"Once Removed and Destroyed, a Modernist Mural Makes Its Return"
"Hundreds of interlocking panels—black, white and Coca-Cola red all over—made up Josef Albers’s Manhattan, a mural in which geometry and meticulous precision met modernist vivacity.
It was undeniably busy, which was appropriate, given its home high above the commuters bustling to and from Grand Central Terminal through 200 Park Avenue, best known as the MetLife Building.
The mural was ingrained in the design of the building. Ingrained in the mural was asbestos.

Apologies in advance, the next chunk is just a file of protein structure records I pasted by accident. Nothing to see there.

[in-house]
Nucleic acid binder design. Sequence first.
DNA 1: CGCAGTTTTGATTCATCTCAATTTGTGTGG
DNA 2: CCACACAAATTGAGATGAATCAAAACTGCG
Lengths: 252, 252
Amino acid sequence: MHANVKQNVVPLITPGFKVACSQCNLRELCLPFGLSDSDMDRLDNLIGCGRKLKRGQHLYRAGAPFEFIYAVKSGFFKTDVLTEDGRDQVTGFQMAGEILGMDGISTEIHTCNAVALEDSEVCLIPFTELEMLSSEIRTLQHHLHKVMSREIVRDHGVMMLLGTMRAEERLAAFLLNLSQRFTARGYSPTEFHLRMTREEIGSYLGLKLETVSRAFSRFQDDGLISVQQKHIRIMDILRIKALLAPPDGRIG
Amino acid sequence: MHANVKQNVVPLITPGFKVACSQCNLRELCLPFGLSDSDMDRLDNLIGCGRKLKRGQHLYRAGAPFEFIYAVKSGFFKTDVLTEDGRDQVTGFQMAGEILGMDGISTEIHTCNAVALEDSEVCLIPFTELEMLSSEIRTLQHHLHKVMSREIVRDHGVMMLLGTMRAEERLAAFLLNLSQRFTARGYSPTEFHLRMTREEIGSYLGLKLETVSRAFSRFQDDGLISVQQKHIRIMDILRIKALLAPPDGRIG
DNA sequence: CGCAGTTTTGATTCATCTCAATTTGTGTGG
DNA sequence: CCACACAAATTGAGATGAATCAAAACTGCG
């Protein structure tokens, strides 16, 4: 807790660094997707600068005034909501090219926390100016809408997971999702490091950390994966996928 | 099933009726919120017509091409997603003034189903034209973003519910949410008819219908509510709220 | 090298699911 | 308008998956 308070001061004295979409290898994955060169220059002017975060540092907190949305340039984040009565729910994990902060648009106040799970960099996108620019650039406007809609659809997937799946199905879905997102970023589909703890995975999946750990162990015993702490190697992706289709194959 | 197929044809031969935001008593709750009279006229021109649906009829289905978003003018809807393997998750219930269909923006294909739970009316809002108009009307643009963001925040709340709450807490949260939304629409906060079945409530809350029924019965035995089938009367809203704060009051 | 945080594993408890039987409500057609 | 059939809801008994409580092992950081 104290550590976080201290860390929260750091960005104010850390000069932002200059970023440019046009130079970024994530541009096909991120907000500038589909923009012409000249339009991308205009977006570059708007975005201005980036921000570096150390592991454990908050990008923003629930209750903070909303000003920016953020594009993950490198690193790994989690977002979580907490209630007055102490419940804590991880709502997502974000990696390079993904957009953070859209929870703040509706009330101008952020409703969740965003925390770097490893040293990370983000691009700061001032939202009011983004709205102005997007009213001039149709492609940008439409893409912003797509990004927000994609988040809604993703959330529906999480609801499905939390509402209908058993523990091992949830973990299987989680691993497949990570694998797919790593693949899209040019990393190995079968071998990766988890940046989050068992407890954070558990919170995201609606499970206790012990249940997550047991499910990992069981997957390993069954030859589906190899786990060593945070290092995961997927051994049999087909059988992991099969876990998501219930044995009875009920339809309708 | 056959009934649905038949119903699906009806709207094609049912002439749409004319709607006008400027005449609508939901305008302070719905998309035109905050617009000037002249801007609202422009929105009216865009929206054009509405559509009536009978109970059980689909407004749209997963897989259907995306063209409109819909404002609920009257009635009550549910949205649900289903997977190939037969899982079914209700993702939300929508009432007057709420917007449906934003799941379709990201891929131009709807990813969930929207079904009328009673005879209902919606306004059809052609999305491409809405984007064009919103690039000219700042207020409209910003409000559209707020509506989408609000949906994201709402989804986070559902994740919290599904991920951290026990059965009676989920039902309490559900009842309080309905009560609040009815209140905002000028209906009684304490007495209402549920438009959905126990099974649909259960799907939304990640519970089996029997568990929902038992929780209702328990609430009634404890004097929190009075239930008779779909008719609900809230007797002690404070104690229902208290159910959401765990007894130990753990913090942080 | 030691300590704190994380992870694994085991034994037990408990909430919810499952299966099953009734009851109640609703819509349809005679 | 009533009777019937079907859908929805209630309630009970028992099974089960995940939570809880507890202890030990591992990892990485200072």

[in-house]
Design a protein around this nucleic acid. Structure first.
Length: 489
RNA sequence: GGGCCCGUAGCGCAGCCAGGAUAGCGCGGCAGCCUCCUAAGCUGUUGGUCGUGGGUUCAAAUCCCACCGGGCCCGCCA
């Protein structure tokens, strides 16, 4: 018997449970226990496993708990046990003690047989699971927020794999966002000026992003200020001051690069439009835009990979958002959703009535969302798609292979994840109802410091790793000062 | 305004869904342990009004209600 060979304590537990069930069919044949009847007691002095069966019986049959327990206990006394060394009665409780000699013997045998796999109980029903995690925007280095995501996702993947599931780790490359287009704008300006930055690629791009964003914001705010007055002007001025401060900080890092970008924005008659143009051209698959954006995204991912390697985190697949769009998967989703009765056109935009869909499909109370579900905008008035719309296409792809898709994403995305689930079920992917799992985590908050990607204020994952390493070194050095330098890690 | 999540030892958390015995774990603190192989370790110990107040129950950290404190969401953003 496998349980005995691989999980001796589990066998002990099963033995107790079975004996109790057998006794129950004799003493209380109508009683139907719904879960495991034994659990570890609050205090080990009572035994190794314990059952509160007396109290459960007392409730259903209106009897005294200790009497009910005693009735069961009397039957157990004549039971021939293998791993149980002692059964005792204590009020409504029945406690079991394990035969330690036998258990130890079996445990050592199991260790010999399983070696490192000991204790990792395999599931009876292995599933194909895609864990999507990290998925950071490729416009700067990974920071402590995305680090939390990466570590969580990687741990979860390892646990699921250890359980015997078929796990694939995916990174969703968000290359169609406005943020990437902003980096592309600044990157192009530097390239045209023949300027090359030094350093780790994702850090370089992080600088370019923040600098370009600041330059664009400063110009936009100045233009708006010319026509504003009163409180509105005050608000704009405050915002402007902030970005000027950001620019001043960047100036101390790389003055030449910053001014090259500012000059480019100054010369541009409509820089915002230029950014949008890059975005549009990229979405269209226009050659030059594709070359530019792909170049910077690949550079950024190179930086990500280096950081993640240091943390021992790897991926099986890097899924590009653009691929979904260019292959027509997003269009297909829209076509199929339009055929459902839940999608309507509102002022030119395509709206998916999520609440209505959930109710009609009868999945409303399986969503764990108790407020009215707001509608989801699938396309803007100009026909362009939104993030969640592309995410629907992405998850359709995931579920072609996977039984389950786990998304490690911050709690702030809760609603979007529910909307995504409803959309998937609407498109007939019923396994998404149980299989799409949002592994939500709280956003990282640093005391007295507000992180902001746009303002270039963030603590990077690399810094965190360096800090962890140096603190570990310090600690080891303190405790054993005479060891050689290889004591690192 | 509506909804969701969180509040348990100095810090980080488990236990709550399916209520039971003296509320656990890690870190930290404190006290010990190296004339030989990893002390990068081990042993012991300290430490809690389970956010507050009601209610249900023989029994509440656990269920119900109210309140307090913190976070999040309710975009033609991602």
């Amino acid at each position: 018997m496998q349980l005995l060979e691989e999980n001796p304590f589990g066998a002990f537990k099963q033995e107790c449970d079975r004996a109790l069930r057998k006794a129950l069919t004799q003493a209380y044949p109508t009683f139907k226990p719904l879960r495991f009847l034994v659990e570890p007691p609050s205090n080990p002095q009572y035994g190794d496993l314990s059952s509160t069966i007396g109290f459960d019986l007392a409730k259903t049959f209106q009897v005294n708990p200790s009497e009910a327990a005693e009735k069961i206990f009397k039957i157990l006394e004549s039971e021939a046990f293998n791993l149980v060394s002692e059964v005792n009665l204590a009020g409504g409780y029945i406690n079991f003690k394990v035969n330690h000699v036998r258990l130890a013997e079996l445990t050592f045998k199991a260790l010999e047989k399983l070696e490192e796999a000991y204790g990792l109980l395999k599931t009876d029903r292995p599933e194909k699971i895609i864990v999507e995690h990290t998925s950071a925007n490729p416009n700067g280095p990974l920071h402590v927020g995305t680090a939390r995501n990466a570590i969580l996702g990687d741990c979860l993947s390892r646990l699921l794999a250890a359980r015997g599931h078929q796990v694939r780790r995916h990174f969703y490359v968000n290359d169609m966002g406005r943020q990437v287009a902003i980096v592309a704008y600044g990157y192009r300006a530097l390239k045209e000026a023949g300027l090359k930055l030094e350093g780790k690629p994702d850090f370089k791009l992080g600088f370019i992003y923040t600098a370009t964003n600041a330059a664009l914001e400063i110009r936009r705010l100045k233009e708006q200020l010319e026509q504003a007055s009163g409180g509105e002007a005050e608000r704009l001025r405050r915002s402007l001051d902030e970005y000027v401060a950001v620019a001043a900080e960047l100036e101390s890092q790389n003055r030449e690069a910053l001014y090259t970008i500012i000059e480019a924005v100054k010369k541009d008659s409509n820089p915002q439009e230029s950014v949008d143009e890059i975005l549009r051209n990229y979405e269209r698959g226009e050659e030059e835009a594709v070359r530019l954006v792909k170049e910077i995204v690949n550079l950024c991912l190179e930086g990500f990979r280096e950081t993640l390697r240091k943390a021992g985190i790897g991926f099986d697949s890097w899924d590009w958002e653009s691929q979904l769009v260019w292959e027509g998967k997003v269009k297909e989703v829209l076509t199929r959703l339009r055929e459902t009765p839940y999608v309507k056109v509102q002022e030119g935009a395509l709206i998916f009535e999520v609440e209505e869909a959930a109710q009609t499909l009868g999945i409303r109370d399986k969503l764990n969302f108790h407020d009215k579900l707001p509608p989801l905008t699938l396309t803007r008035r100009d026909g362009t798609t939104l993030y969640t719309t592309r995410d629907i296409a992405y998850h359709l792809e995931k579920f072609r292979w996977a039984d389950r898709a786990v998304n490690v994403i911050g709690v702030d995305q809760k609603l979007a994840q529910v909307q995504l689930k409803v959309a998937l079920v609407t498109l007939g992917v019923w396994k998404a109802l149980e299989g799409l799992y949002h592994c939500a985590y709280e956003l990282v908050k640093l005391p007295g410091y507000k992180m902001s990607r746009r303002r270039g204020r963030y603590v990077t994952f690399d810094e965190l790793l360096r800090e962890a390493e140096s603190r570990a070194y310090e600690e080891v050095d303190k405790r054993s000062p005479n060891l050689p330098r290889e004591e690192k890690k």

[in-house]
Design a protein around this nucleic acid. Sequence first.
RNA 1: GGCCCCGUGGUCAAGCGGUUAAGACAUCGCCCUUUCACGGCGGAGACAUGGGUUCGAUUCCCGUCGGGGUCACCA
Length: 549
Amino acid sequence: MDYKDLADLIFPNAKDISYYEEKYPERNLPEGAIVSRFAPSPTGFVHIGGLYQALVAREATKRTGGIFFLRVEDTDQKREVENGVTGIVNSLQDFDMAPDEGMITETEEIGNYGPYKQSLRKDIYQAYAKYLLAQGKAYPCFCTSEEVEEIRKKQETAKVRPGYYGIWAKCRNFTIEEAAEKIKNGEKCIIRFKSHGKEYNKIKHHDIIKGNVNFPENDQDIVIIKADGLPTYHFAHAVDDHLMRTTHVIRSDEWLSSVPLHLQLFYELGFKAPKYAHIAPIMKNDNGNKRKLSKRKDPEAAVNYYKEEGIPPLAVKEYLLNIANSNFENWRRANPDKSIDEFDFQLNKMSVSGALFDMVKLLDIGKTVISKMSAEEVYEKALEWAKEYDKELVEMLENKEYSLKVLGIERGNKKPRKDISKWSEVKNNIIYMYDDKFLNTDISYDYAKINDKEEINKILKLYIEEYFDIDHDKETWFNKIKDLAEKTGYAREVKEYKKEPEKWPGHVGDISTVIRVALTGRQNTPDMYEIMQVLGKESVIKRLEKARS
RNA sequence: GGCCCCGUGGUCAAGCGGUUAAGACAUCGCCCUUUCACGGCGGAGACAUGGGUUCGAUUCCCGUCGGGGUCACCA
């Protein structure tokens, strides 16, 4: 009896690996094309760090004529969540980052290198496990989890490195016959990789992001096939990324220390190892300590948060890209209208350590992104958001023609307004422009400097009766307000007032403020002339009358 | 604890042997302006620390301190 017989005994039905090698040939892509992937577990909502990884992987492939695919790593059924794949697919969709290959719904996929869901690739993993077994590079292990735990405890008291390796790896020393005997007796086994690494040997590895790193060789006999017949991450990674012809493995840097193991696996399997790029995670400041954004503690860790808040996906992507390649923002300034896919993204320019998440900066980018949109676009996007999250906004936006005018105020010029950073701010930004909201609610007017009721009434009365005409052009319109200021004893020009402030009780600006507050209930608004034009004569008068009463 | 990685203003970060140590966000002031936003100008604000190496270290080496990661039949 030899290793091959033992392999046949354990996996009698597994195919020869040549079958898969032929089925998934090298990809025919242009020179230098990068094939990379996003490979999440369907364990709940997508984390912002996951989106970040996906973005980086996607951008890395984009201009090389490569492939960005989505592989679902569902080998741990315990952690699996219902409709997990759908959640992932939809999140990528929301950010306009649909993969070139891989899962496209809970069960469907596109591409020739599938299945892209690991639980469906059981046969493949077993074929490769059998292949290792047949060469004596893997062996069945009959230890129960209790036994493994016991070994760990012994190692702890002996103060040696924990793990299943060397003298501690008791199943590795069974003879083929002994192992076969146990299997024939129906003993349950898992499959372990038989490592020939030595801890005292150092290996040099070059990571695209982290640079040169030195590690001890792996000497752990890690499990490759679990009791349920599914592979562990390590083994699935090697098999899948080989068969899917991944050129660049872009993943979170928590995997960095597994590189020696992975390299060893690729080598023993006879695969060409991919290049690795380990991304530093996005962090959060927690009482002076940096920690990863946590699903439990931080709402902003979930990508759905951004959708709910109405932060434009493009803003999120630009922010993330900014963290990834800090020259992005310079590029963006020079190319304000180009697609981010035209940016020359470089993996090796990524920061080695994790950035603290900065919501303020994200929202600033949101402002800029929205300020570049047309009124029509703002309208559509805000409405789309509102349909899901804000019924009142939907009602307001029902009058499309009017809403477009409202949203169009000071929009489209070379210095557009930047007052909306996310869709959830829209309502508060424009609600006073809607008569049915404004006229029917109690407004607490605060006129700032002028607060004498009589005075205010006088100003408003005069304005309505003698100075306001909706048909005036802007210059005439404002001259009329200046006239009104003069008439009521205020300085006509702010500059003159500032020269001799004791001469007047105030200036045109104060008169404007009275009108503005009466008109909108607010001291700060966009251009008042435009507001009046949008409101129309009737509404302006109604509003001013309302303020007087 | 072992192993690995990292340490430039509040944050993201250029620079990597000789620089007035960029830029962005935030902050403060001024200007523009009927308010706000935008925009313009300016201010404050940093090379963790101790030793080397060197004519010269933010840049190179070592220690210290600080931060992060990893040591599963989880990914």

And thus ended the existence of a great German artist’s ode to New York—until this week, when an exact replica of Albers’s creation was unveiled in the same spot where it last loomed nearly two decades ago. The bright patchwork, a vibrant centerpiece in the lobby, has made its long-awaited return."
Read the full article in The New York Times
Image: Unveling Josef Albers's Manhattan at the MetLife Building in New York. Photo credit: AP/Diane Bondareff for Tishman Speyer